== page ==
I have to say that the food at the cafeteria is not what it used to be either…but I am not a resident and have a choice to go elsewhere. The Veterans don’t.
On the subject: One of Dad’s little joys is his daily can of Pepsi. I got a call from Monica last week and she was upset. Apparently the contractor has been changed and only Coke is being served now. Dad got really upset with Monica who can do little about it. She asked me could I please run by the store and bring him some to keep him happy. I did. What I don’t understand is that the little snack bar in the atrium doesn’t seem to have a problem getting soft drinks but the hospital does.

We now seem to have won the war of toilet paper penury. To palliate I have brought in extras that I put in the night table by Dad’s bed. It only took a little over a month to convince the staff in charge of sanitation that a person in a wheelchair and who is on stool softeners cannot access the extra rolls set on top of the paper towel dispenser. A little over a month and a few trips to Walmart.  M

The facecloths and towels are not regularly furnished or replaced. The result is that Dad may have to use the same facecloth and towel for several days…they get to have an unpleasant odor.

We now have a problem with the designated ‘family room’. When Dad was admitted and the Federal Government was in charge of Ste-Anne the current situation did not exist. As a family member I am restricted to the use of the bathroom in that room. I cannot use the resident’s facilities…none of them. Now I find that if I need to go to the bathroom, there is likely a staff member there and I have to wait my turn. The staff also uses the room for naps and snacks. Last week I had to ask permission to go use the staff bathroom as the family room’s was occupied but the staff’s wasn’t. From October to April this did not happen once.  With personnel cuts this should not happen. The attendants I know say that either they use the family room facilities or have to wait for the relief person to come and take over while they run to the staff bathroom.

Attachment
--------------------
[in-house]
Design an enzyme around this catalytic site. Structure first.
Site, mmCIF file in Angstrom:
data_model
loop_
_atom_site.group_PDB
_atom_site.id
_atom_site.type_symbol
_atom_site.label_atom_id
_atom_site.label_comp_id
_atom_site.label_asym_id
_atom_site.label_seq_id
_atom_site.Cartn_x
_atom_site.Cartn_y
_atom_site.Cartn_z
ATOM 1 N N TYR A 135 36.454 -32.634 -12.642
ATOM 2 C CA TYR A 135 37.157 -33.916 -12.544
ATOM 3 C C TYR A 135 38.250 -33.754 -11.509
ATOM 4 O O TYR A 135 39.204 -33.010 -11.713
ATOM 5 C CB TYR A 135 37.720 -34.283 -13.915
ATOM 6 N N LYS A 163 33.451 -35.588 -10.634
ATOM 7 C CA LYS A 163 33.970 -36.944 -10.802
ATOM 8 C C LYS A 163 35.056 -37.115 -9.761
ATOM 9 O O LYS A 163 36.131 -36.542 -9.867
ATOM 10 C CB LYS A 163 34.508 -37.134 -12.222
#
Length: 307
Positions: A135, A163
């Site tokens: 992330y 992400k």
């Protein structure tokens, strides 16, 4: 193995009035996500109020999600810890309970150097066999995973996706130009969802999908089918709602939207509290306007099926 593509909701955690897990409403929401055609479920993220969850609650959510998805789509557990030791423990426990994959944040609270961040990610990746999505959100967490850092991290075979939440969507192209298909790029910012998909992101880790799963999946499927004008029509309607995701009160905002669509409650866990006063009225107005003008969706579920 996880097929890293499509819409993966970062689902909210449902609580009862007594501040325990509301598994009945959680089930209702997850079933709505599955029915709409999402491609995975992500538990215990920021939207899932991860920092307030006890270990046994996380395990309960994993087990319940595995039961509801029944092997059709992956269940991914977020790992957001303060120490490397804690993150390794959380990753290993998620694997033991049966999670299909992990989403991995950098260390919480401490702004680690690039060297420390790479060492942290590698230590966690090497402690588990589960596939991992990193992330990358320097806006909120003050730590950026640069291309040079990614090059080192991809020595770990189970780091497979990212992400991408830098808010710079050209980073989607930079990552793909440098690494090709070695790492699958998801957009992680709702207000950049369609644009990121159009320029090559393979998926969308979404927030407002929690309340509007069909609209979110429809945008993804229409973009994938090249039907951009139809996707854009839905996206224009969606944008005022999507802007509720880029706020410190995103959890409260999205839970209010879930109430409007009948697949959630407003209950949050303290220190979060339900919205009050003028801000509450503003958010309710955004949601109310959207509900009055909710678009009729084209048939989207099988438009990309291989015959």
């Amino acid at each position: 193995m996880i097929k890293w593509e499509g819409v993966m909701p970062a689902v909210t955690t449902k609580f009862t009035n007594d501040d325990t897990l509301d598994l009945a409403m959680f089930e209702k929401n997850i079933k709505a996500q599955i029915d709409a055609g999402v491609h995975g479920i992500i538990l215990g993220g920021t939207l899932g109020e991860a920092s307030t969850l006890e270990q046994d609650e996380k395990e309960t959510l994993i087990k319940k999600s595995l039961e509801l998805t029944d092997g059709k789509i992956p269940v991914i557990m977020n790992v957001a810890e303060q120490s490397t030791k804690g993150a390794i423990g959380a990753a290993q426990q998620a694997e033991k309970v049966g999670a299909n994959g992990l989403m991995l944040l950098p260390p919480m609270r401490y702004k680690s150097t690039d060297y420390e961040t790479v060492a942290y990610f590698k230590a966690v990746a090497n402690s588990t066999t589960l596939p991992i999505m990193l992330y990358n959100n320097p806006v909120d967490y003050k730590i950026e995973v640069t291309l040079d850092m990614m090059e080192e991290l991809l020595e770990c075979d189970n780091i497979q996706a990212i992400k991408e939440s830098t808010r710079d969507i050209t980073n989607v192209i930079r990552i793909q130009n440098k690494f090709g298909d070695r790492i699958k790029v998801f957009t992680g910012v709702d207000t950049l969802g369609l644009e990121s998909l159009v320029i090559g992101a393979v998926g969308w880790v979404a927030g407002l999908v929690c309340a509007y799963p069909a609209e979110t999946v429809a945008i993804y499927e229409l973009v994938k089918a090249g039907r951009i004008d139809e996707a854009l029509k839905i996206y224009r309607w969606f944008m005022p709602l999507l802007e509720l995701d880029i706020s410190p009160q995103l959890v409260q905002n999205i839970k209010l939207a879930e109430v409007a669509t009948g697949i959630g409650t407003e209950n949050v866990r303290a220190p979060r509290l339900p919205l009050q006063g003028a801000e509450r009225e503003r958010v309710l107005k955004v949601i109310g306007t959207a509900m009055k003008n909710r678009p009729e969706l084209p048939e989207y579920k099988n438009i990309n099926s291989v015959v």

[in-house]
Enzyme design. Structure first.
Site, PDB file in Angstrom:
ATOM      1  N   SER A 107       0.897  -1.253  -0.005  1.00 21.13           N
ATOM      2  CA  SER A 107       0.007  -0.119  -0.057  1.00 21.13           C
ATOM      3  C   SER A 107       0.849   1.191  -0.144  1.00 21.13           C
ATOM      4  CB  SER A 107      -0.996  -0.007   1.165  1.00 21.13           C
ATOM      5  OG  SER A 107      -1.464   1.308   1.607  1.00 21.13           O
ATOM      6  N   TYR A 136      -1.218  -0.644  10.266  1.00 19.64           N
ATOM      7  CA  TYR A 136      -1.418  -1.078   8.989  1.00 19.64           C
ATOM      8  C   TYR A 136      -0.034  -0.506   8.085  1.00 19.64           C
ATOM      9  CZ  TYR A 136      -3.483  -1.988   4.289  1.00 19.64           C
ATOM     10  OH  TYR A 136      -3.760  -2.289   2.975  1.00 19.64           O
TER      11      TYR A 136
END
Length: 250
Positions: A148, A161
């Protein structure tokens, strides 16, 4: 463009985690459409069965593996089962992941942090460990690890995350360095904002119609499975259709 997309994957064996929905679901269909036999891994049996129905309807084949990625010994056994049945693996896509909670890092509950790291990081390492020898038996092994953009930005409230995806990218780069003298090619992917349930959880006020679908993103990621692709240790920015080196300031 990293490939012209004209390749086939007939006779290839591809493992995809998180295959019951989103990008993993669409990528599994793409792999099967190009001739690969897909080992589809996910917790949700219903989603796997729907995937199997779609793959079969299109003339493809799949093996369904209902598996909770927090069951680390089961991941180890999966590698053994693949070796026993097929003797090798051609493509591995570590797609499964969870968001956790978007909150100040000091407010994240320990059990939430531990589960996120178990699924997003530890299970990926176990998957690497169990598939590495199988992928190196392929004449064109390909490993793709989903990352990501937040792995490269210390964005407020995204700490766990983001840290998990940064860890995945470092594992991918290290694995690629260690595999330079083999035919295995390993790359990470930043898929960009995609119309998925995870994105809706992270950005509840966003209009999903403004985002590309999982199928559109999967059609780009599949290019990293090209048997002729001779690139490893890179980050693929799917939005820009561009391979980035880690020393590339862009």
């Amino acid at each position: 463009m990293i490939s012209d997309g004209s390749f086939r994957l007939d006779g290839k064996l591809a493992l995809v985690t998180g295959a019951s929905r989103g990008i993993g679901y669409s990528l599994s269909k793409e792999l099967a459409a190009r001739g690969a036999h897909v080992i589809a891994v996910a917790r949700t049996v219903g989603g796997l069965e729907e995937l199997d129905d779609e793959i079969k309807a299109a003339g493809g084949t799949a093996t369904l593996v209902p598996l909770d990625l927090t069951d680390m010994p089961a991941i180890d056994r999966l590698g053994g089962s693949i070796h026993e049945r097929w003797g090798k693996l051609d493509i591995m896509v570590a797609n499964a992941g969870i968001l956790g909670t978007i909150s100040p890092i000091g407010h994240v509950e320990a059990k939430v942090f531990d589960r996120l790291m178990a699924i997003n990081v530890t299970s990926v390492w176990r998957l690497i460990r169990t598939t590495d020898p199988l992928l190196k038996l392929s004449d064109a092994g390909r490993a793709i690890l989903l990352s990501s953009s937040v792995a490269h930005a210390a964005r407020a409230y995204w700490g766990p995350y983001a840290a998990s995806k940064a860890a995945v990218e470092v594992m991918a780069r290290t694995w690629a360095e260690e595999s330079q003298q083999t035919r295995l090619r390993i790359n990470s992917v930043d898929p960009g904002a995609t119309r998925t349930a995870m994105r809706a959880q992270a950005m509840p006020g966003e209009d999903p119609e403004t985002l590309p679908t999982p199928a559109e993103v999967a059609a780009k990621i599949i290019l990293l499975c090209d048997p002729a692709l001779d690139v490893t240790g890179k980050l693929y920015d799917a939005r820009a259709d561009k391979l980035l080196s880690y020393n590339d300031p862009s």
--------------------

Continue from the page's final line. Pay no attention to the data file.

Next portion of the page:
The family room runs out of soap on a regular basis as does the large resident bathroom in the hallway. I spoke to Simon Leblanc about all this. Nothing has changed.

I have asked to meet with Dr. Richer who has now taken over Dad’s care. I hope to see her at the upcoming interdisciplinary meeting on the 22nd. That I know of, there have been no full checkups or bloodwork done on Dad since the takeover. He has gained a lot of weigh and I am concerned. The nurses have put notes in his record. He has also complained about dry eyes and now I’m waiting to see if anything is being done about this. Catching up with the nurse on duty is not always easy.

There have been three incidences of nigh orderlies (or nurses, hard to tell) coming into Dad’s room around 4 A.M. to take blood pressure. Waking an older gentleman at that hour is bad enough but what puts him in a fury is that these ‘équipe volante’ persist in putting the sides up on his bed. This happened again last week. Dad was furious and the head nurse on duty had to be called in. Dad considers putting up the sides of his bed unnecessary and entering to his room without prior advice or knocking an invasion of privacy. This is his home and in his home he sleeps in the buff and goes to the bathroom at least twice in the nighthhb…he doesn’t want to hit his head on the metal sides either. The relief people do not read the notes.  Fortunately they have stopped trying to take his hearing aids away.